Time capsule shaped like a ’57 Plymouth


1957’s heat and dust must have affected the movers and shakers of Tulsa, Oklahoma. How else to explain their burying a perfectly good 1957 Plymouth Belvedere?

They buried it, though, as a time capsule, to be dug up by those very advanced people of the 21st century, in 2007, for the centennial of Oklahoma’s statehood in 1907. (Quick quiz: How many states joined the union in the 20th century? What is the longest period the U.S. has ever gone without adding new states?)

Good heavens! This is 2007!

1957 Plymouth - buried car.com photo

1957 Plymouth - buried car.com photo

So, as promised, Tulsa will dig up a 1957 Plymouth Belvedere, in a ceremony on June 15, 2007. Get your tickets and can plan your trip to watch already.

Why a 1957 Plymouth?

The car was seen as a method of acquainting twenty-first century citizens with a suitable representation of 1957 civilization. According to event chairman Lewis Roberts Jr., the Plymouth was chosen because it was “an advanced product of American industrial ingenuity with the kind of lasting appeal that will still be in style 50 years from now.”

The contents of a women’s purse, including bobby pins, a bottle of tranquilizers, cigarettes and an unpaid parking ticket, were added to the glove compartment of the car shortly before burial.

Other items included in the time capsule were:

  • 10 gallons of gasoline and 5 quarts of oil
  • A Douglas Aircraft Co. aerial map of airport facilities and legend
  • Statement from Tulsa council of Churches and prayer for greatest good next 50 years a recently completed history of churches in Tulsa and a directory of the present churches
  • Statement from board of education – historical data related to 50 years of education in Tulsa and copies of “School Life” all-high school publication issued by Tulsa high schools each month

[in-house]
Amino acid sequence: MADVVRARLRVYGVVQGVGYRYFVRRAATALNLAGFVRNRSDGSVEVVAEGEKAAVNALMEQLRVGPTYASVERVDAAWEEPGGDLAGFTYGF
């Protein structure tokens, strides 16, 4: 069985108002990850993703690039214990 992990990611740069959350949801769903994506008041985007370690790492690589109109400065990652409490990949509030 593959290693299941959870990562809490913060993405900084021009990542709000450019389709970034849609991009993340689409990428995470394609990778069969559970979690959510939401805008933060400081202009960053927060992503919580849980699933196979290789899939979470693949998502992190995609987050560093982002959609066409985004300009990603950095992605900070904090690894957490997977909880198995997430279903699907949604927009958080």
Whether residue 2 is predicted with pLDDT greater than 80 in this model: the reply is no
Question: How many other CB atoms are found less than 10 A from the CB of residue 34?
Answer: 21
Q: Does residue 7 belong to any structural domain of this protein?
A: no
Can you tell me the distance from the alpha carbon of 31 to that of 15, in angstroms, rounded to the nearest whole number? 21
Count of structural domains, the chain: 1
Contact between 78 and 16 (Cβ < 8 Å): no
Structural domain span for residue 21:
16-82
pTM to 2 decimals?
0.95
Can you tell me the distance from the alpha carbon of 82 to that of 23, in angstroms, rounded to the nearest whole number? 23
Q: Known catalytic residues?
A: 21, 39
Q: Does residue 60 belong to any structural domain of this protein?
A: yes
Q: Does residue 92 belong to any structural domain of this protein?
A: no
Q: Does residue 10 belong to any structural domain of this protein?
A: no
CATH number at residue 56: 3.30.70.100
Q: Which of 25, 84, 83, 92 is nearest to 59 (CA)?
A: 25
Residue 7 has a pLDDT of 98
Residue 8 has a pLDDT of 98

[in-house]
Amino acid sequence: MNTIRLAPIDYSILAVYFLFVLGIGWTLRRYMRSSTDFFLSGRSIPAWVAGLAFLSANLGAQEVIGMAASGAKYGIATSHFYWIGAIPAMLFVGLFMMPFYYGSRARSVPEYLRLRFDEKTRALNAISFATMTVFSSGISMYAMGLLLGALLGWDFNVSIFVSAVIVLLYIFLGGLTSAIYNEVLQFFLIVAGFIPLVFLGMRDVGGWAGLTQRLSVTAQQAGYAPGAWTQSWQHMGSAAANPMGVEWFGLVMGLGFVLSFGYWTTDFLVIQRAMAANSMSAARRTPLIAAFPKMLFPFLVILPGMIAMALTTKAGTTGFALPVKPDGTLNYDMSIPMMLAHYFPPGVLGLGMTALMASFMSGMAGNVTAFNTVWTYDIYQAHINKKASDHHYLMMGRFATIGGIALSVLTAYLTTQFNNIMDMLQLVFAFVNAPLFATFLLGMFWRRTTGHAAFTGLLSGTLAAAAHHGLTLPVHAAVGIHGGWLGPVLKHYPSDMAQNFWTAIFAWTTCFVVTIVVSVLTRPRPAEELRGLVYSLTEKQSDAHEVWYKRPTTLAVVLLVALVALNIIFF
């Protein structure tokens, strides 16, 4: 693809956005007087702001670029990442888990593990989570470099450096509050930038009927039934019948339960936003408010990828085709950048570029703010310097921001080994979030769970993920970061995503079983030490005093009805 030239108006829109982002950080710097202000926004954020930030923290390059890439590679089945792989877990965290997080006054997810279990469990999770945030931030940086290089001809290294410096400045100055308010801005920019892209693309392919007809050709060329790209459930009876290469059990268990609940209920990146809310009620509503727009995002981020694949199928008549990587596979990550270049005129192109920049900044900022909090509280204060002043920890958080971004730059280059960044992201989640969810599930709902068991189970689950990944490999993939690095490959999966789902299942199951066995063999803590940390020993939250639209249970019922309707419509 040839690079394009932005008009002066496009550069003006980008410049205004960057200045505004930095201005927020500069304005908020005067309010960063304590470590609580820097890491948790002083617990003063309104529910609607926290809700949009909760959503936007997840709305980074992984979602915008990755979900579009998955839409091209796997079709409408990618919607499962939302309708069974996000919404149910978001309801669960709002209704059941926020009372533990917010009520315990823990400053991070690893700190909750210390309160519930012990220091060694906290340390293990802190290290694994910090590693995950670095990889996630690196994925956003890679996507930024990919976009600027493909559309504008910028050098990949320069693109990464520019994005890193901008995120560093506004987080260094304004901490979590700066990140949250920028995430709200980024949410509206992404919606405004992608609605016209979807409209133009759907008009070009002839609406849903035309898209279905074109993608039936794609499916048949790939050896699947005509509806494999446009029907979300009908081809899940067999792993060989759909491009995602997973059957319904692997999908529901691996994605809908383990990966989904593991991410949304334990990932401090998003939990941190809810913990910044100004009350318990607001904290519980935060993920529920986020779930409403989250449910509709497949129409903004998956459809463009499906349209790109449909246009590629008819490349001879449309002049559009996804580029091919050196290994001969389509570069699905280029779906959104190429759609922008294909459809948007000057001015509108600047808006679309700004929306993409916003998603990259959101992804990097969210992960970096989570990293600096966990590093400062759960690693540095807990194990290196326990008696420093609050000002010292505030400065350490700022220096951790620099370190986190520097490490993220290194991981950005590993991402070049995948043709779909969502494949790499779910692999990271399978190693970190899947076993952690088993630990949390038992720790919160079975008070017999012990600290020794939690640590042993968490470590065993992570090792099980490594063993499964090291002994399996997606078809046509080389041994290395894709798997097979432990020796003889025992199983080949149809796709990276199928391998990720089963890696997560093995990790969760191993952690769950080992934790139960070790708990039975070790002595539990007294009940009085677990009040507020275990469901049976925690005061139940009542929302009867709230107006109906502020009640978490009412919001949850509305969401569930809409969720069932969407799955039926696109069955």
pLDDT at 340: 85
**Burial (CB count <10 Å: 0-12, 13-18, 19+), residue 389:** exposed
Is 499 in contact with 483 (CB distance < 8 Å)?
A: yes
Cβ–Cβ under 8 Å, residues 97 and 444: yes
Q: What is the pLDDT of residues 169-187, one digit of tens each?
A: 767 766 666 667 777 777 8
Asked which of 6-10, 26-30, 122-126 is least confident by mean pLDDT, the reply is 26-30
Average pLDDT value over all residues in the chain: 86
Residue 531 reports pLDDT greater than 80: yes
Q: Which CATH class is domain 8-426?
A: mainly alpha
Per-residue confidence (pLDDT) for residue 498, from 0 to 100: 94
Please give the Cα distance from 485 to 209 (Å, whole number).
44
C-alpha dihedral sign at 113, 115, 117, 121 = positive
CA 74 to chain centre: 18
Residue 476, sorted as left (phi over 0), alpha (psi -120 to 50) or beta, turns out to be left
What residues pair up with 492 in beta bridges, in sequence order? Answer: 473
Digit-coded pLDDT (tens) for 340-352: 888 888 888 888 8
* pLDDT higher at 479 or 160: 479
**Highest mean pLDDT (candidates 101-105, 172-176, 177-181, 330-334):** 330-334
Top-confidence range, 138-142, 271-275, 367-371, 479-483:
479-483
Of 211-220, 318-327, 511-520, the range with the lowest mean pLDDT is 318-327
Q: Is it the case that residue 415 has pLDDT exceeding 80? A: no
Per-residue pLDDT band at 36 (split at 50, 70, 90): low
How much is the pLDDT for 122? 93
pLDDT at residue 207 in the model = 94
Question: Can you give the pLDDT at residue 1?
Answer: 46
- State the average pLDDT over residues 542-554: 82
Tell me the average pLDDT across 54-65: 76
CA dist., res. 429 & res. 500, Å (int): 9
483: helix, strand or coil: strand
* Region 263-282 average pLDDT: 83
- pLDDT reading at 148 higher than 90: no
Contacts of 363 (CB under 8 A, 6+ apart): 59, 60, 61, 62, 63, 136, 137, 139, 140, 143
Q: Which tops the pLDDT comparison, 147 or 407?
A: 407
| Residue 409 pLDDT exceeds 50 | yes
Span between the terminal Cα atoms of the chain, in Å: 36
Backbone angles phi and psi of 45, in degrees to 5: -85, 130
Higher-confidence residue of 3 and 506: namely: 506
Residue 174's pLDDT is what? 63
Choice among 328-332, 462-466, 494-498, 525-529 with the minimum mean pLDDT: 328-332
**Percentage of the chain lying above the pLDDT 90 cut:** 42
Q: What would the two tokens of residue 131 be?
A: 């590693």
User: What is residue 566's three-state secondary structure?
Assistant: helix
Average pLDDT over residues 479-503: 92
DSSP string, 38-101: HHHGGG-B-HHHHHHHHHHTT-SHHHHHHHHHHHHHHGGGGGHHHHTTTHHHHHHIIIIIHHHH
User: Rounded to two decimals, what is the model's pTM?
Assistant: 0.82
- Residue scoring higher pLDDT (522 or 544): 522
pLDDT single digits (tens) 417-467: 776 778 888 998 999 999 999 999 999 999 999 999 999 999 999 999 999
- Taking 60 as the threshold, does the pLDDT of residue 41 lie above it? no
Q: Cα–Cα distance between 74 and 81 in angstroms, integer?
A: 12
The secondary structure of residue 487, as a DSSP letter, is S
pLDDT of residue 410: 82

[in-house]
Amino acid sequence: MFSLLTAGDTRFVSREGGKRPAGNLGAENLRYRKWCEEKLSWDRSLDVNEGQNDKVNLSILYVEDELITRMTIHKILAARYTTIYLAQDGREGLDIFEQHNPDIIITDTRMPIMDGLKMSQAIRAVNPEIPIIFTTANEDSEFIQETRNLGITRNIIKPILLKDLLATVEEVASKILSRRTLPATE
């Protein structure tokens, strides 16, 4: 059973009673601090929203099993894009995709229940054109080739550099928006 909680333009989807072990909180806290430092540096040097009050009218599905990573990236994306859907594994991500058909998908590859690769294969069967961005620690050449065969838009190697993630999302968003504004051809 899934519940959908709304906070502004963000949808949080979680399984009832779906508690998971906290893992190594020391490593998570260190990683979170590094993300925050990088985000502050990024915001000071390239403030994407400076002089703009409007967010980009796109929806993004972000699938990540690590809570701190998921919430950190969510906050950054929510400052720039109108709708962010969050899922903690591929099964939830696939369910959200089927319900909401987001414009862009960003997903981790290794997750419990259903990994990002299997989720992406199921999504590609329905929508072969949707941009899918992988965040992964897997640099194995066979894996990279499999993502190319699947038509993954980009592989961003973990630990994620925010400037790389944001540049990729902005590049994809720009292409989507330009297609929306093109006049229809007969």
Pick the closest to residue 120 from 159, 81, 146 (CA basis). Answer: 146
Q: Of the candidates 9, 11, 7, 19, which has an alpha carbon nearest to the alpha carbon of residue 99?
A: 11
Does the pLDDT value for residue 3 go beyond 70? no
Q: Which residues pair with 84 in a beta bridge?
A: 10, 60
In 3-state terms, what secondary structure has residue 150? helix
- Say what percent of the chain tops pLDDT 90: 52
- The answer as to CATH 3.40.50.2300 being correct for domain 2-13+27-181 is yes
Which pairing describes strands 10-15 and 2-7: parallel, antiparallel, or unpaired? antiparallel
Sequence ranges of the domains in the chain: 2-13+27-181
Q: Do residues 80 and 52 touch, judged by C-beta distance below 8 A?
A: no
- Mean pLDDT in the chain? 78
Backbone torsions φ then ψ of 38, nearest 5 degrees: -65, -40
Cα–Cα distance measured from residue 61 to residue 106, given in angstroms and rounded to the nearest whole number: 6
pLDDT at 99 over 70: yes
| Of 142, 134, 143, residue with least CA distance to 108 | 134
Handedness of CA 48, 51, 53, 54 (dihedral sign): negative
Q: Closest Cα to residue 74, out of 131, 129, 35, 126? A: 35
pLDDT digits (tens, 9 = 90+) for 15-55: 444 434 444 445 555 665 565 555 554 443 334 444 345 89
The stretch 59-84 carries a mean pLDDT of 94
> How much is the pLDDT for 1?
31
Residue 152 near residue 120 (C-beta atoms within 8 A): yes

• Statements from Mayor and Chamber of Commerce officials
  • Flags which have been flown over the national capitol, state capitol and in the county and city
  • Other aerial photos of the area
  • Statement from Tulsa Trades and Labor Council
  • Statements from all former mayors of the city – their record of service and civic accomplishments in the city, state and nationally.

How the world changes in 50 years. The Plymouth nameplate was retired by Chrysler in 2001, after a 73-year run — Chrysler having been bought by the German automaker Daimler-Benz in 1998, to form DaimlerChrysler. Chrysler had killed the Plymouth’s sister company, DeSoto, in 1961. Fins died out, except on Cadillacs, by about 1963.

The time capsule creators included ten gallons of gasoline — had they invested an equal amount of money in the in the stock market, the gasoline would have been an even trade in 1987, but today they would have been able to cash in the stocks to purchase double the amount of gasoline, at least.

My first car was a 1961 Valiant, which was a Plymouth, if I recall correctly. It was well past its prime, with an odd 3-speed manual transmission with a floor shifter, and looking a lot more like an old paint pony than a sleek automobile by the time I got it. It cost my brother $125.00 in about 1966, and we sold it for the same amount four years later. My second car was a used, though less abused, 1967 Plymouth Barracuda sedan. It had no radio, and an automatic transmission with a steering column shift lever. It cost $450 from a Ford dealer, and we sold it five years later for $700. No one makes cars like that anymore — thank heaven!

We were a GM family. My father’s 1956 truck (which died finally in 1972 or so) was a GMC. We drove Chevrolets, then Oldsmobiles, except for the occasional Buick, the odd Ford my father picked up later in his life. My Plymouths were outcasts with everyone except my oldest brother, who sold nearly every car made at some point in his life, and who claimed Chrysler had the best engineering in the world.

That’s changed, too.